To have more options of setting up the walls I decided to build some quoins as well. For this I used two 5 cm kapa strips. These were joined by means of a mitre joint: I took one strip and cut away part of one end in 45° angle; I repeated this with the second strip; then I glued both strips together. The result was an angled piece with a 90° angle (the outer edges of the piece measuring the original 5 cm of the two separate 5 cm strips) onto which I glued the styrodur core of the wall following the outline of the base (i.e. a quoin with a 90° edge).

The next step was to apply the primer; although I used acrylic paint with water as solvent the binder contained within the paint (some sort of resin would be my guess) had a slight dissolving effect on the styrodur of my first two wall segments. This effect can be diminished, I found out, by sparsely applying the paint. In case that there are some blank spots left: That’s no grave matter since my next step consisted in painting the segments by hand. I used a middle grey colour for the styrodur core and a dark green for the parts of the kapa base still visible.
The stone wall ready to be covered with pebbles, clump foliage etc.
After the paint had dried I started to glue the stone boulders onto the styrodur using hot glue (my advice is that you treat only small portions of the pieces at a time: this gives you the opportunity to correct the fitting of the stones and by the same token diminishes the chance of burning yourself with hot glue – not an altogether pleasant experience I can assure you!).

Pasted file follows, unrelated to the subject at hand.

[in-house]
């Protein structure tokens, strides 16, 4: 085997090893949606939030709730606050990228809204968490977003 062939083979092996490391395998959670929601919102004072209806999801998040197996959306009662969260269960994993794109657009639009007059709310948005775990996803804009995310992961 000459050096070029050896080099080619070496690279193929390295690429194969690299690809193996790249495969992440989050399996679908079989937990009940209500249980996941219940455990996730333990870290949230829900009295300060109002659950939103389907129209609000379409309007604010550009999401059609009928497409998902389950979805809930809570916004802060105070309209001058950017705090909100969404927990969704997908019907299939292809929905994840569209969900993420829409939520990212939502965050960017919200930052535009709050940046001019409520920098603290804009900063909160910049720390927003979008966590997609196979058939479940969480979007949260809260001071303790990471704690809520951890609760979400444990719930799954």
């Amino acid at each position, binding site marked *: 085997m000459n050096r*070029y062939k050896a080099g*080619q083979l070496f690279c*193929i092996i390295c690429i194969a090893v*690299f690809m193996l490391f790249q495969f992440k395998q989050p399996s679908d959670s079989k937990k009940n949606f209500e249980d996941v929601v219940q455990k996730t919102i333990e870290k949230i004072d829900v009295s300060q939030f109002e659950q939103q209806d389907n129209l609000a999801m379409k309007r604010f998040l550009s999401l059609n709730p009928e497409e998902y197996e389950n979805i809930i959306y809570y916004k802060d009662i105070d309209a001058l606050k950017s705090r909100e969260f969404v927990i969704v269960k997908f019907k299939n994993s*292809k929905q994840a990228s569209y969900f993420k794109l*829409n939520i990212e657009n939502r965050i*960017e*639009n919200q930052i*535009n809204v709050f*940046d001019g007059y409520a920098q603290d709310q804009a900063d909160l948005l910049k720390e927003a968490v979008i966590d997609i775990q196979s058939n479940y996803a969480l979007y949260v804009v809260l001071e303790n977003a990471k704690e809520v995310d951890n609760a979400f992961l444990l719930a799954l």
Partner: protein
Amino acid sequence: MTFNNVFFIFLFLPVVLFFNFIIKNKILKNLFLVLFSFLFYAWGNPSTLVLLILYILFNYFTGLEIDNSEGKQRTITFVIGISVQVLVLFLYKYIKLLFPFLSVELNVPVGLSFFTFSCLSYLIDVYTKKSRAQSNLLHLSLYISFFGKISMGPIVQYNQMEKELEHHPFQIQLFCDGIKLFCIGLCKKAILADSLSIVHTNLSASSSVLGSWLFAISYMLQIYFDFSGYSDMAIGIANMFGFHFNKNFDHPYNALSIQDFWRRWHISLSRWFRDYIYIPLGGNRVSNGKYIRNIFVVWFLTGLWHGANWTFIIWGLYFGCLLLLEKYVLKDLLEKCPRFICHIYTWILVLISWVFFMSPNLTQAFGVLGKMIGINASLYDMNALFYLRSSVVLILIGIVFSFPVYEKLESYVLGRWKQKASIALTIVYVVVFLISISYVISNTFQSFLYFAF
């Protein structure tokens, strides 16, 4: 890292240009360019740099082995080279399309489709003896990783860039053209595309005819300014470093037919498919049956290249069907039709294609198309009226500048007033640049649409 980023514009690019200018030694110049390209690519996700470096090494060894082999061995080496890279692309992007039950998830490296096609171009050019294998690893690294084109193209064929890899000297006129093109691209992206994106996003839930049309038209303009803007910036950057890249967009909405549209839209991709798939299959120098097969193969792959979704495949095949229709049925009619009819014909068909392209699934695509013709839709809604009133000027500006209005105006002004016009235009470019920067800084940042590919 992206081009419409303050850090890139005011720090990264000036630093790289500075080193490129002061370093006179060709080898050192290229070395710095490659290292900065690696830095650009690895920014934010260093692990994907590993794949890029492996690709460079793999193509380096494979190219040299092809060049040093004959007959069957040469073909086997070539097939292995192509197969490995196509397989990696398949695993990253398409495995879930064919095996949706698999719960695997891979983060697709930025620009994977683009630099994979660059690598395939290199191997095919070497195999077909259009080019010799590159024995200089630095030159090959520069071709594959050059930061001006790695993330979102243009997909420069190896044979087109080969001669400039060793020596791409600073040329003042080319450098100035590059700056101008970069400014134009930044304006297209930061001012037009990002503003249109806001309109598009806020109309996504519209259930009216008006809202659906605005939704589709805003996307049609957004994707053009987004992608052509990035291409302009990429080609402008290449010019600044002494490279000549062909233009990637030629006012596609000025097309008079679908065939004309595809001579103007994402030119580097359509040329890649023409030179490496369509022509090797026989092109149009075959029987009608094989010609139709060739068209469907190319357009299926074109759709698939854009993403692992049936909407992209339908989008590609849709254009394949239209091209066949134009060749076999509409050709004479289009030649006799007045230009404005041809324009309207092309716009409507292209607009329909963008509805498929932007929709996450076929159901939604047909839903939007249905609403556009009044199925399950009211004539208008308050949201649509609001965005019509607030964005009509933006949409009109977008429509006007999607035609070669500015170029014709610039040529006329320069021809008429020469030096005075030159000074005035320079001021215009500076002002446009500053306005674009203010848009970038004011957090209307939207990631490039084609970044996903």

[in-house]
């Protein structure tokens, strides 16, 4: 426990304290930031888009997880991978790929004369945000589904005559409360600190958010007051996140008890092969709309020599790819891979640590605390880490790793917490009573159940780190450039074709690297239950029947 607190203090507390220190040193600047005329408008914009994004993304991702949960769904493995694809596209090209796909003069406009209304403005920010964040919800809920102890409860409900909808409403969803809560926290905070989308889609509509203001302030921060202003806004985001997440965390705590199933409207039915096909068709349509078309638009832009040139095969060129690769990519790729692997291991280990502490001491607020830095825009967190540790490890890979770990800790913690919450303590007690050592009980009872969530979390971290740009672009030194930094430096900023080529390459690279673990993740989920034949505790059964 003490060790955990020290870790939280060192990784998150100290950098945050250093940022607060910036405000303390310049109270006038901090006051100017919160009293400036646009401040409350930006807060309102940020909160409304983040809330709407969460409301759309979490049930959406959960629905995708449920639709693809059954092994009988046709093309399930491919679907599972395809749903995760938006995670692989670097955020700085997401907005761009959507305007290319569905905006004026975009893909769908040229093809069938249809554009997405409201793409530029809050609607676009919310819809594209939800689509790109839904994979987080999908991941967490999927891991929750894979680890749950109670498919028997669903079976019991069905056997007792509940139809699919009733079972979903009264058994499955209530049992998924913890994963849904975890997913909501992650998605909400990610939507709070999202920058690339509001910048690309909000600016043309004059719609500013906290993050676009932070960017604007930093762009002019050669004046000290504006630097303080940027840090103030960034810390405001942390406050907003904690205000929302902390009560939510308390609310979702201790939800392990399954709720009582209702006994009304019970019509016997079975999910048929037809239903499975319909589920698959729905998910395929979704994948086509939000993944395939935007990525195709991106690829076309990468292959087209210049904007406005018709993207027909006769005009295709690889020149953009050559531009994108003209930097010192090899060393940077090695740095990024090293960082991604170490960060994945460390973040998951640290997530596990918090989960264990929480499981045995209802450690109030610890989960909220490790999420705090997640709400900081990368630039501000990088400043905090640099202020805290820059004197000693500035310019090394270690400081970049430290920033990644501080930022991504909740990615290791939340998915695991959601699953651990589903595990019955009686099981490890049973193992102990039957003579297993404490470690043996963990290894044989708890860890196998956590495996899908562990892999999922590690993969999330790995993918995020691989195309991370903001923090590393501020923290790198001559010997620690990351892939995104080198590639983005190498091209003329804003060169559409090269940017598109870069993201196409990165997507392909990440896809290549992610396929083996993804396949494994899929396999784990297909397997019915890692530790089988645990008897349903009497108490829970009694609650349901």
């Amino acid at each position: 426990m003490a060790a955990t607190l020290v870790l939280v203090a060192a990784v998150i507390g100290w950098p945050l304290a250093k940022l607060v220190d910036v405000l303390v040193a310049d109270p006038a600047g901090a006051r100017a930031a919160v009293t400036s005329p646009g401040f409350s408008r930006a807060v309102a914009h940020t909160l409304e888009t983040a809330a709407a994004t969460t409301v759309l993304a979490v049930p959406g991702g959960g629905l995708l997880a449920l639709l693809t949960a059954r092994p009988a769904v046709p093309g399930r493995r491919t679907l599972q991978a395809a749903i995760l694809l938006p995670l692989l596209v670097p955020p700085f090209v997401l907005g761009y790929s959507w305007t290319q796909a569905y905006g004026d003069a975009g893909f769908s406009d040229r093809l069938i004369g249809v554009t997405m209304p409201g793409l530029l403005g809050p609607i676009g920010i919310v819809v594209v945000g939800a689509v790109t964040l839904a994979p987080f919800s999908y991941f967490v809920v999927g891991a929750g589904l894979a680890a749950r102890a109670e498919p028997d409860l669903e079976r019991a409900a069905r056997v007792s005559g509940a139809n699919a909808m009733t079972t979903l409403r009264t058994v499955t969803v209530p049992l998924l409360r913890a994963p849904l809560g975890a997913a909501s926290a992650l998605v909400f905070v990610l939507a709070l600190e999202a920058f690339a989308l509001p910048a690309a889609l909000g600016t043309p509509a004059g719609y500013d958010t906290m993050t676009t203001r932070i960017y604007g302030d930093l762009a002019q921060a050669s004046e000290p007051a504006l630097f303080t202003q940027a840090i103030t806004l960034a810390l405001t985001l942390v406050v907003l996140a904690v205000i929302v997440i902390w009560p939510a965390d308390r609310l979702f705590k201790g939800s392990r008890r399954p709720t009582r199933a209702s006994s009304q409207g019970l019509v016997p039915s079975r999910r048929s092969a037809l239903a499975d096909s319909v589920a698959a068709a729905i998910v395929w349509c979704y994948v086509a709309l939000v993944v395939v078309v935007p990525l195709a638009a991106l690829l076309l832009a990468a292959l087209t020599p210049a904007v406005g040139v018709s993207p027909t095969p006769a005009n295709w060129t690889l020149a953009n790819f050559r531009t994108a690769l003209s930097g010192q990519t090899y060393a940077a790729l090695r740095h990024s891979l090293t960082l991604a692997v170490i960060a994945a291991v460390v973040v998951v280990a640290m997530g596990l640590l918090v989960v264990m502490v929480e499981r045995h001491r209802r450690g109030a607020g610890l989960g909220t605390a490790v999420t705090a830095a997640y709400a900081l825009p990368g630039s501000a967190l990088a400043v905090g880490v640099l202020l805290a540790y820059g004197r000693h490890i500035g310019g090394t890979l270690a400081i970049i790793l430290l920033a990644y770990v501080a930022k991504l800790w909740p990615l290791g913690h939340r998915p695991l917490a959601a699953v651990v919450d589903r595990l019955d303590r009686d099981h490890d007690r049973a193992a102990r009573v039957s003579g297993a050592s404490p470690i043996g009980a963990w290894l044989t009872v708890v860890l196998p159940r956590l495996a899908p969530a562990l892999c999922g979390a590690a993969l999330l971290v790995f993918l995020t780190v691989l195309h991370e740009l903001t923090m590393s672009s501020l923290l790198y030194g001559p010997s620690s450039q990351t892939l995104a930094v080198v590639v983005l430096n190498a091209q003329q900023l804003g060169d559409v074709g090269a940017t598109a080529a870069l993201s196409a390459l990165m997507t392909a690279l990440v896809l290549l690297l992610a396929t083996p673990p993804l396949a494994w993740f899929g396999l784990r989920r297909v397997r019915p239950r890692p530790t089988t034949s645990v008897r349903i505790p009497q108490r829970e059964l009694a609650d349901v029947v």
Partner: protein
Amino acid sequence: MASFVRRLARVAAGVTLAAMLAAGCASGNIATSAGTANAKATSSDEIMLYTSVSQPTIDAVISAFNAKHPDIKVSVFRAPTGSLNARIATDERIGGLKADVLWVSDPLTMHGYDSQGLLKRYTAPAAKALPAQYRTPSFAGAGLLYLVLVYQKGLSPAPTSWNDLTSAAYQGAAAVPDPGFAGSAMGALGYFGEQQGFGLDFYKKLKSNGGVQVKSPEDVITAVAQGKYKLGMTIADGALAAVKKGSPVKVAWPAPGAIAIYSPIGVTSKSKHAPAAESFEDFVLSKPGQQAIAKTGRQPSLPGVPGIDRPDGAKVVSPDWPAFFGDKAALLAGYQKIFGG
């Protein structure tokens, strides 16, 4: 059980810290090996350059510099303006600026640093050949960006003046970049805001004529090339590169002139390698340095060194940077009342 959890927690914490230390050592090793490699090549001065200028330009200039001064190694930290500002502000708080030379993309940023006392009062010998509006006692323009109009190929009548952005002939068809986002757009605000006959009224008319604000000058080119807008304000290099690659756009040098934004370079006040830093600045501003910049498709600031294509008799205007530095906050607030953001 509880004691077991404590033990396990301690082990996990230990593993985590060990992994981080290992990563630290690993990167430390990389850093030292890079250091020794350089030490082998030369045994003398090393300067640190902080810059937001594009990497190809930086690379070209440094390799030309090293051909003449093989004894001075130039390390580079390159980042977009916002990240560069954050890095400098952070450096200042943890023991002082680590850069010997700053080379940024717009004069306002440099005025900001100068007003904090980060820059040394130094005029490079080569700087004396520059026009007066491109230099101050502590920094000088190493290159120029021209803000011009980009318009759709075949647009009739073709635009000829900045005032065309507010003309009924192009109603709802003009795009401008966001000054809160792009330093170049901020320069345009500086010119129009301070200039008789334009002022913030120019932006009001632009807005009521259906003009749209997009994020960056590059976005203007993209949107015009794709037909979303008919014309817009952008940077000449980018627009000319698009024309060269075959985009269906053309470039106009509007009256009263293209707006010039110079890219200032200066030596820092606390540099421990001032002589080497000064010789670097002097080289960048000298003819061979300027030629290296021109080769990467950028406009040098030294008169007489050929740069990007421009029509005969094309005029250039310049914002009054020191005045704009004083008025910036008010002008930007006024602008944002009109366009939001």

The next step was to decorate the segments using the foliage, turf and scatter material. The turf is a good choice for imitating moss or lichen on stones, the scatter material can be used as grass. In order to glue it onto the walls you simply treat the spots where you want the lichen, grass etc. with diluted wood glue and then sprinkle the material turf etc. on it. The clump foliage can be used as shrubbery: Simply glue it to the spot where you want a shrub; let it dry, then brush some diluted wood glue onto the clump foliage and sprinkle it with fine turf or fine scatter material.

You can further adorn segments with trees: Simply glue them to free spots, where, for example the wall has crumbled leaving open a breach – there are quite a few arrangement possibilities.

That’s, more or less, the procedure for building stone walls.

A last hint: I encountered some problems with the straight joints of the segments: There were quite a few gaps between the individual segments when I aligned them in order to form a continuous wall. I overcame this problem by gluing little pieces of clump foliage onto both narrow sides of the segments; this helps concealing the uneven straight joints of the individual segments.

Well then... Thanks a lot for the tutorial. I hope you enjoyed it as much as I did. Next time I'll present the finished Bocage segments and maybe some WIP-pictures of the houses I'm working on. Soon I plan a side trip to some 28mm Napoleonic stuff and I hope you don't mind that I'll post it here although the main theme of my Blog was 20mm WW II.

Finally some pictures of Nick's finished wall segments:


  1. That's a good tutorial and good work for people less lazy than myself...very nice Nick and Monty!

  2. A wonderful tutorial, many thanks.

  3. hi, your blog is very nice and I add my favourite blogs..


  4. Very interesting tutorial. This technique is also usefull for diorama makers. Thanks for sharing!

    PS: nice blog!